Bailey contends that productivity is about working deliberately and not, as he terms it, working on ‘autopilot.’ Working deliberately helps you and I to locate priorities in our work, to define the big picture of our tasks and to discern how best we can take control of the obligations at hand. The central pieces of this kind of drive are focus and discipline. As Bailey says: “…productivity has nothing to do with how much you do, and everything to do with how much you accomplish.” (12) Efficiency in our work is no longer enough; it is all about accomplishment. As a strong proponent of daily meditation, Bailey asserts that productive people not only manage their time, but they also manage their attention and their energy well. To this author, the three ingredients of productivity are time, energy and attention; and doing it deliberately and intentionally.  

 

A very important component in this volume is what Bailey terms our Biological Prime Time (BPT). He argues that, by taking a self-assessment in tracking the fluctuations of our own energy levels throughout any given day, we are then poised to take steps to becoming more productive, committing our high-impact tasks to our BPT. As the author stressed, productive people don’t just manage their TIME well; they manage their ENERGY and ATTENTION well. Interestingly, if I may apply this to the arenas of relationships or in ministry, we can typically scale our progress in any given relationship or in our spiritual growth in where we assign our energy and attention, as well as our time. In 2016, it should be a general rule of our proverbial thumb not to assign energy to non-impact influences, low-impact thoughts or mundane things that consume our attention. The key point is to spend your time more intelligently and to make every effort to “punctuate your productivity.” Generally, it is good to track our time; and, as Bailey contends, when we are aware of how we are spending our time, we are then prepared to make adjustments. I like that he not only gives us the what of maximizing the use of time (after all, most already know they need to manage their time more efficiently); but he walks the reader through the process of doing as such. As this is important to all persons in every station in life, it also applies to how we plan our study time in devotion/meditation, personal growth and time for sermon preparation. Knowing your strong points throughout the day allows you to appropriate and allocate your creativity, sharpness and even vulnerabilities, all that are needed.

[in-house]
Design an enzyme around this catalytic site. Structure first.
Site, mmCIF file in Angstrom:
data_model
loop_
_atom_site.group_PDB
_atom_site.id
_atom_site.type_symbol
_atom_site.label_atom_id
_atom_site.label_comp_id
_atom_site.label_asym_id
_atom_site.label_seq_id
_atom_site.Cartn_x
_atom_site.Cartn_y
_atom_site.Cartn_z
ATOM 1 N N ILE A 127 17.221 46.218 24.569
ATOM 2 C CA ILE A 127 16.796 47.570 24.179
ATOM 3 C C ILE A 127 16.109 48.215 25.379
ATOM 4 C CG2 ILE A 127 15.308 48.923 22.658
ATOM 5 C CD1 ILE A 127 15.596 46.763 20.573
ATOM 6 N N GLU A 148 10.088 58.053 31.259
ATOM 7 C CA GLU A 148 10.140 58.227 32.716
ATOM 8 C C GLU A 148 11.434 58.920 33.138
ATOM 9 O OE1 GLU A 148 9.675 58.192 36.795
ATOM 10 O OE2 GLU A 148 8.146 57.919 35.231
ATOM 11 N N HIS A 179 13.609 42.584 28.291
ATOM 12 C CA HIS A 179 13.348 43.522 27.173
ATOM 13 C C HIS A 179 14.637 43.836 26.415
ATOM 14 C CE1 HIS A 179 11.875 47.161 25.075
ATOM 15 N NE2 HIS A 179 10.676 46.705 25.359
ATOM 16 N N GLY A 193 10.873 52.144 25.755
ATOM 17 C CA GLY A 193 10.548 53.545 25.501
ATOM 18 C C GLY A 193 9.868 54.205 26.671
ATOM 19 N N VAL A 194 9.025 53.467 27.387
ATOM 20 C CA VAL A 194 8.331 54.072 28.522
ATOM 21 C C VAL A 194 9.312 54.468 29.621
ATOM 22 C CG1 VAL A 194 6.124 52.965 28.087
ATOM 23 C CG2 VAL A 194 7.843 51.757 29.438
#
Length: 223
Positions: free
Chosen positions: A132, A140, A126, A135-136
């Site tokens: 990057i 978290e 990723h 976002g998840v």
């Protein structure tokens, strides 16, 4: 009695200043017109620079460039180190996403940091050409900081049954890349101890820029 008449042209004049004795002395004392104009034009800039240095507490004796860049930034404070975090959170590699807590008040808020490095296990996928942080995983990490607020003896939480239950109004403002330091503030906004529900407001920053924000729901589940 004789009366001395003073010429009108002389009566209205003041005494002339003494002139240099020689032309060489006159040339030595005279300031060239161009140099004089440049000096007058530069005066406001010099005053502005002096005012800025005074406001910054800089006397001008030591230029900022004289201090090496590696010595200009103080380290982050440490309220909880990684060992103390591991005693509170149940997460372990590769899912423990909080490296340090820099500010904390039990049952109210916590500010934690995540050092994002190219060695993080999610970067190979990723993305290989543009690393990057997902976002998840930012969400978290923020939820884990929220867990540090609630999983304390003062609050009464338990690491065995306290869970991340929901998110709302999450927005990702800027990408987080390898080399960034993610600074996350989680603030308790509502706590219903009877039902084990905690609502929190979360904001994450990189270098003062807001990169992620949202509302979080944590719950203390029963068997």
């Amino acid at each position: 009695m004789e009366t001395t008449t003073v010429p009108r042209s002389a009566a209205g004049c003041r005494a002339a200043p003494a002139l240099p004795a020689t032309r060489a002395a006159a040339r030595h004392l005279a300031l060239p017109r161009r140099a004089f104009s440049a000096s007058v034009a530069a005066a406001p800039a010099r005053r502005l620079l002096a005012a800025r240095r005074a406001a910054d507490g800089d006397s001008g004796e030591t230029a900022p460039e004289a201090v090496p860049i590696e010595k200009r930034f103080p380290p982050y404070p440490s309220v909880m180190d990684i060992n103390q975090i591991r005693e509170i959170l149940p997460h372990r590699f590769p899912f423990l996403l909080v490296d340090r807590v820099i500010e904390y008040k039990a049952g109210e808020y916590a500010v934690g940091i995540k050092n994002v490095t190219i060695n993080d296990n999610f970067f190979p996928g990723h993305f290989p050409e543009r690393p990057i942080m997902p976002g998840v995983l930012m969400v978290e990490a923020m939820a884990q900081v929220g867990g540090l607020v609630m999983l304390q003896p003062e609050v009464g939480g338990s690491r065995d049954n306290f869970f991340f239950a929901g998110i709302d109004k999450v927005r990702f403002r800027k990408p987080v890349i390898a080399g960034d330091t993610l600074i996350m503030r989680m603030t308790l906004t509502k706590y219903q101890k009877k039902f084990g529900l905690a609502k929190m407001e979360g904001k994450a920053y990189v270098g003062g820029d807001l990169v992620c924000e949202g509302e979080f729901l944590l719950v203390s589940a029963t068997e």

The book consists of eight (8) sections. All of them have a different variable; but all of them are simply and overarching of one theme: controlling your mind; redirecting your attention; choosing what you give priority to; getting started on tasks and choosing where you will procrastinate. 

 

Overall, I think the book of overwhelmingly filled with practical principles and tools to prioritize and maximize our productivity; and thus becoming more effective in what we accomplish, short term and long term. Bailey gives a lot of information. I don’t think this book is for the faint of heart. In like manner, it is not an easy-read. However, on a scale of 1 to 10, I give this book a 7.5. Again…it is not your typical book on productivity. Therefore, I’d suggest giving it a read!

My Take on Bill

 In 2010, I almost named my baby son Kosby Lowell. 

There you have it from the jump. Without secret or hesitation, like many, I grew up in the nineties on The Cosby Show.  Invariably, as with Seinfeld, The Bernie Mack Show or The Jamie Foxx Show, one could not dispatch the show from its namesake and lead figure. In fact, Bill Cosby was essentially one of the leading pioneers in this sort of autobiographical kind of satirical humor in PRIMETIME America; particularly crossing over to every culture, race and creed. Bill Cosby single-handedly, with his stellar cast, became a household name. I, like many, couldn’t wait for Thursday to arrive!!! In a real sense, Mr. Cosby personified a charicarization of Martin Luther King, Jr.’s “American Dream”.  The Huxtables cleverly and compellingly enchanted America and persuaded the nation, possibly the world, that Malcolm’s “Nightmare” had diminished and Black America could live, work and dream as they pleased.